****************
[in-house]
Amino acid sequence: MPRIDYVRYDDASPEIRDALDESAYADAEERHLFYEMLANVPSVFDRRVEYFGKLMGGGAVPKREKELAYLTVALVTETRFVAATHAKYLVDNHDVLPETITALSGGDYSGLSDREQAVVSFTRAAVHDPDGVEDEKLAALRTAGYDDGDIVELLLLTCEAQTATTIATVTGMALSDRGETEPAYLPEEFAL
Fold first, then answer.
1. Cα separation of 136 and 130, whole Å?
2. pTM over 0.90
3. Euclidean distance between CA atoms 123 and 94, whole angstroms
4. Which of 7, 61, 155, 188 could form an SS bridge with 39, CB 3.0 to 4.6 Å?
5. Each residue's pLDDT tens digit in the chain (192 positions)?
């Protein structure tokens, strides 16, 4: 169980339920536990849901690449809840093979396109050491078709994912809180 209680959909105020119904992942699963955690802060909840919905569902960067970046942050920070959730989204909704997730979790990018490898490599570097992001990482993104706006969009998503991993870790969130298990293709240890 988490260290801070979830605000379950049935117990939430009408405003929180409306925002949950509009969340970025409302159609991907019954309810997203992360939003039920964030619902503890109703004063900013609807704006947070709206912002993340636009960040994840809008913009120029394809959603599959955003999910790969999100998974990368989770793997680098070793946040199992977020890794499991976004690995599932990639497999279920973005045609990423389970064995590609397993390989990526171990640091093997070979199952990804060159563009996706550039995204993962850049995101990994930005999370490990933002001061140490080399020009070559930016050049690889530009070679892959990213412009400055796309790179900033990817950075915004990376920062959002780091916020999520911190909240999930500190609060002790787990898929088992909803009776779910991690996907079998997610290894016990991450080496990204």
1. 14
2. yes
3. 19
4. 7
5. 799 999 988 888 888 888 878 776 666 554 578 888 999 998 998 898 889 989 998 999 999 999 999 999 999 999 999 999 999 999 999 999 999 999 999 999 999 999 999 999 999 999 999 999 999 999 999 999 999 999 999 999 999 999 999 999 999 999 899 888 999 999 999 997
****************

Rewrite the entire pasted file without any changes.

[in-house]
Amino acid sequence: MPRIDYVRYDDASPEIRDALDESAYADAEERHLFYEMLANVPSVFDRRVEYFGKLMGGGAVPKREKELAYLTVALVTETRFVAATHAKYLVDNHDVLPETITALSGGDYSGLSDREQAVVSFTRAAVHDPDGVEDEKLAALRTAGYDDGDIVELLLLTCEAQTATTIATVTGMALSDRGETEPAYLPEEFAL
Fold first, then answer.
1. Cα separation of 136 and 130, whole Å?
2. pTM over 0.90
3. Euclidean distance between CA atoms 123 and 94, whole angstroms
4. Which of 7, 61, 155, 188 could form an SS bridge with 39, CB 3.0 to 4.6 Å?
5. Each residue's pLDDT tens digit in the chain (192 positions)?
């Protein structure tokens, strides 16, 4: 169980339920536990849901690449809840093979396109050491078709994912809180 209680959909105020119904992942699963955690802060909840919905569902960067970046942050920070959730989204909704997730979790990018490898490599570097992001990482993104706006969009998503991993870790969130298990293709240890 988490260290801070979830605000379950049935117990939430009408405003929180409306925002949950509009969340970025409302159609991907019954309810997203992360939003039920964030619902503890109703004063900013609807704006947070709206912002993340636009960040994840809008913009120029394809959603599959955003999910790969999100998974990368989770793997680098070793946040199992977020890794499991976004690995599932990639497999279920973005045609990423389970064995590609397993390989990526171990640091093997070979199952990804060159563009996706550039995204993962850049995101990994930005999370490990933002001061140490080399020009070559930016050049690889530009070679892959990213412009400055796309790179900033990817950075915004990376920062959002780091916020999520911190909240999930500190609060002790787990898929088992909803009776779910991690996907079998997610290894016990991450080496990204």
1. 14
2. yes
3. 19
4. 7
5. 799 999 988 888 888 888 878 776 666 554 578 888 999 998 998 898 889 989 998 999 999 999 999 999 999 999 999 999 999 999 999 999 999 999 999 999 999 999 999 999 999 999 999 999 999 999 999 999 999 999 999 999 999 999 999 999 999 999 899 888 999 999 999 997